• Building core and systems
  • Department and user areas
  • Equipment

5. Explain the process to participants.

Answer Questions

Facilities personnel should ask their customers questions regarding the project, which could include:

  • What are you trying to accomplish?
    • What are your options?
    • Which solution is the best fit?

Cost-Benefit Analysis

Factors that facilities professionals should explain to customers include:

  • Effective: meets functional needs;
  • Aesthetics: what it looks like;
  • Economics: the cost;
  • Time: how long it will take to complete;
  • Flexibility: how the plan will anticipate change and how space could be used in multiple ways; and
  • Value judgments: issues regarding morality, sustainability, and political acceptance.

6. Facilitate decisions.

Facilities professionals should ensure that everyone’s input is gathered. Others can review, edit, and override that input later, but whoever ultimately makes the decisions should be present at planning meetings and sign documents allowing construction to proceed to the next phase.

The phases of construction include:

  • Preprogramming: The vision, concepts, and costs are identified.
  • Programming: The scope, schedule, and budget are defined; a space list with quantities and room sizes is broken out; and technical requirements are discussed.
  • Schematic design: Site and floor plan layouts are established, and major equipment and building system locations are identified.
  • Design development: Building materials, ceiling plans, lighting layouts, and building details and specifications are identified.

7. Does this decision need to be made?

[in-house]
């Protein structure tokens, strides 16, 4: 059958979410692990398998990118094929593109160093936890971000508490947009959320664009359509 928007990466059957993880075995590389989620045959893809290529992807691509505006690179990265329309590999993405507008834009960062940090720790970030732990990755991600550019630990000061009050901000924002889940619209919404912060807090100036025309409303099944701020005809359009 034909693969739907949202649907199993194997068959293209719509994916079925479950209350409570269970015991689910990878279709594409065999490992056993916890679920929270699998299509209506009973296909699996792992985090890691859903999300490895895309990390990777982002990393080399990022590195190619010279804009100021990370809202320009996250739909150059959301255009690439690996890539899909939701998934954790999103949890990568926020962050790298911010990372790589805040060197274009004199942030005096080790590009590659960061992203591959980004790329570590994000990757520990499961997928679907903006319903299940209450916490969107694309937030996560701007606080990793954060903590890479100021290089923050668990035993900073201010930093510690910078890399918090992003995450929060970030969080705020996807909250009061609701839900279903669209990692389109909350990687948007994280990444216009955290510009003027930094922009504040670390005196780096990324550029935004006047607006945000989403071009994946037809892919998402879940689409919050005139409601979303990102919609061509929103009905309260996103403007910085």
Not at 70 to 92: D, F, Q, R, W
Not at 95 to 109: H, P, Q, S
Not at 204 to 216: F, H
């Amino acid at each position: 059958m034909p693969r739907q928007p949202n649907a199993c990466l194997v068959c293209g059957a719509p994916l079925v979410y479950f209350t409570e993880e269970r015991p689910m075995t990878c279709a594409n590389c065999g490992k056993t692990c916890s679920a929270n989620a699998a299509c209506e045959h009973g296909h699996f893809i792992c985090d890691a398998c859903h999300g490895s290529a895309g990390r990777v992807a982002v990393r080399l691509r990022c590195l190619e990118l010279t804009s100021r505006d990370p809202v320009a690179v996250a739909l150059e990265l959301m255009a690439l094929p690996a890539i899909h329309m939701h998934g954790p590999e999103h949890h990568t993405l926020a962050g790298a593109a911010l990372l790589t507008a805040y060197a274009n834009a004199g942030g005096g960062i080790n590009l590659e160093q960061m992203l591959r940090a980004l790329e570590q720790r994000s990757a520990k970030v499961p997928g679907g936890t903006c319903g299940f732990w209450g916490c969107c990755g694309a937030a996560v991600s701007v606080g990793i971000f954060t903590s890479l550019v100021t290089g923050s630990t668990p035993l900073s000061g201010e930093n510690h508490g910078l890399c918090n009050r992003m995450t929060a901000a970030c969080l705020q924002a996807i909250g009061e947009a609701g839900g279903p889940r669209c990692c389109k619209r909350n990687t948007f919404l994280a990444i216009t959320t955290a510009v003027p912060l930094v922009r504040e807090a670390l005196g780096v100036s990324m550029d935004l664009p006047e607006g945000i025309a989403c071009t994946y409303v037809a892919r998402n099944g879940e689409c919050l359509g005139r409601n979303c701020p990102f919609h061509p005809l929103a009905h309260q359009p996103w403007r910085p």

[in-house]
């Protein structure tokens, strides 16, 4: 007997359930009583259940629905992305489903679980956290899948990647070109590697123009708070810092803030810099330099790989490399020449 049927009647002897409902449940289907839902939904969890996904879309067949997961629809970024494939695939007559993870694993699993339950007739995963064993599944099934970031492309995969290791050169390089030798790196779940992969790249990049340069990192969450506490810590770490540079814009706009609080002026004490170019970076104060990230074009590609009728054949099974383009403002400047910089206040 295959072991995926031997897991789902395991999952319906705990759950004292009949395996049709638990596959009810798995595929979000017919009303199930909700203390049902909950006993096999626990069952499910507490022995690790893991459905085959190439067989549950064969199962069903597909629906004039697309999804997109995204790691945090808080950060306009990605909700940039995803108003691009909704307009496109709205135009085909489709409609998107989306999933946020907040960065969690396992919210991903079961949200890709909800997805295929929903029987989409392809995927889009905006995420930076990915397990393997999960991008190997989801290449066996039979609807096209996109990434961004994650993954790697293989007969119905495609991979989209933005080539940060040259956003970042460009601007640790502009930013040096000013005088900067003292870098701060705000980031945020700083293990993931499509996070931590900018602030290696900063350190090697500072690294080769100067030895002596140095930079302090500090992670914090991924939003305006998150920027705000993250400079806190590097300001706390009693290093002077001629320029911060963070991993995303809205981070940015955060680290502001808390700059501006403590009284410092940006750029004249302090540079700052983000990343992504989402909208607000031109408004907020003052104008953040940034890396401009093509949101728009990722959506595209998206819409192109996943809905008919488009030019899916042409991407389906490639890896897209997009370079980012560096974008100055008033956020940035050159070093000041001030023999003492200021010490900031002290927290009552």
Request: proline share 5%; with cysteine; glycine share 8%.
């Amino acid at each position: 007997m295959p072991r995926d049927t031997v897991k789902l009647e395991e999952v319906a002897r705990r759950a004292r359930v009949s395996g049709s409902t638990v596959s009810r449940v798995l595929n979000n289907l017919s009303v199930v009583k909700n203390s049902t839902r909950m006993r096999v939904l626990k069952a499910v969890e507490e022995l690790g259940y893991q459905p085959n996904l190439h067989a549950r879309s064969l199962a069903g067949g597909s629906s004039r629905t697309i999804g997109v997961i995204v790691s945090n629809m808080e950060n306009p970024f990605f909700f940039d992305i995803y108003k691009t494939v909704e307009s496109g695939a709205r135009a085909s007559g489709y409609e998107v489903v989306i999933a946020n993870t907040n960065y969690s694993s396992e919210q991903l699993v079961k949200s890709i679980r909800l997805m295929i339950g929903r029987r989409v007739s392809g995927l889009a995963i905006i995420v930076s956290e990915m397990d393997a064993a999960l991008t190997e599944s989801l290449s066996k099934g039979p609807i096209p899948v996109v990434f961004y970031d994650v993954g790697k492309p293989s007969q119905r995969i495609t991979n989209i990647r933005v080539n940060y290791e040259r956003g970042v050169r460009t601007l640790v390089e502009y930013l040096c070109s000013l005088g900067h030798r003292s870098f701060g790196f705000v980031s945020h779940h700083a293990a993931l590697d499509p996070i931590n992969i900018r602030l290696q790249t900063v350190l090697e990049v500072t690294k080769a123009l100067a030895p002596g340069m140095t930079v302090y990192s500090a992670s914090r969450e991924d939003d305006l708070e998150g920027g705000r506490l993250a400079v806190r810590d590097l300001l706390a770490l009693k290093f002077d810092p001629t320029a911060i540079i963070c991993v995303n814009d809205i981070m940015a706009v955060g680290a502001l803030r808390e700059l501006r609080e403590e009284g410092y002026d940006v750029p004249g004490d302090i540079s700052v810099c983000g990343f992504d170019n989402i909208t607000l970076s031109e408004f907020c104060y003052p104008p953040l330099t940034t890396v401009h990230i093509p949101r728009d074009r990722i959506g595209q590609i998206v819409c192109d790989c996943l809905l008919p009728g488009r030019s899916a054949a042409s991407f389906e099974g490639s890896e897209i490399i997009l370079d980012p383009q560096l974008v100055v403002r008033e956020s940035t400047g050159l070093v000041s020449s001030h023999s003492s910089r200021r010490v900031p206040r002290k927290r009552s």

Facilities professionals should work with customers to determine whether a decision must be made now and whether it is a decision that needs to be made at all.

Other considerations include:

  • Doing nothing is the default option.
  • The laissez-faire approach: hope the problem goes away or solves itself.
  • Ask if the pain or reward is enough to motivate the change.

“Don’t force people or try to get the committee in your group to make a decision if it really isn’t necessary or if it’s not going to be something that will influence the solution,” Neubek said.

8. Go to Gemba (where the work is done).

Facilities professionals need to learn how things work by going to the place where the work is done to see what is happening so the group can make an informed decision. Doing so improves communication and decreases the chance of plans changing later.

9. Only ask questions you want to be answered.

It’s important not to ask questions no one is authorized to decide. Also, keep in mind that detailed questions about the construction process (like how big the ductwork should be) often cannot be answered at an early stage due to necessary logistical planning.

10. Help your customers answer difficult questions.

Facilities professionals should be aware that customers can only tell you about their experiences; they can’t provide adequate answers to information they are not familiar with.

Therefore, facilities managers should work with customers as a team to come up with answers to difficult questions such as:

  • How the industry versus an individual workplace accomplishes a goal.
  • What are the trends in the marketplace?
  • How will furniture and people look and interact in the facility?  
  • How to use raw data and make it actionable.
  • How to use real-time option analysis with blocks on a diagram to help visualize the use of space.
  • How to evaluate design alternatives.
  • What are the consequences of making design changes too late?

Neubek recommends that facility professionals actively work with customers to make not only informed decisions but also an action plan. To watch the session for free on demand, click here.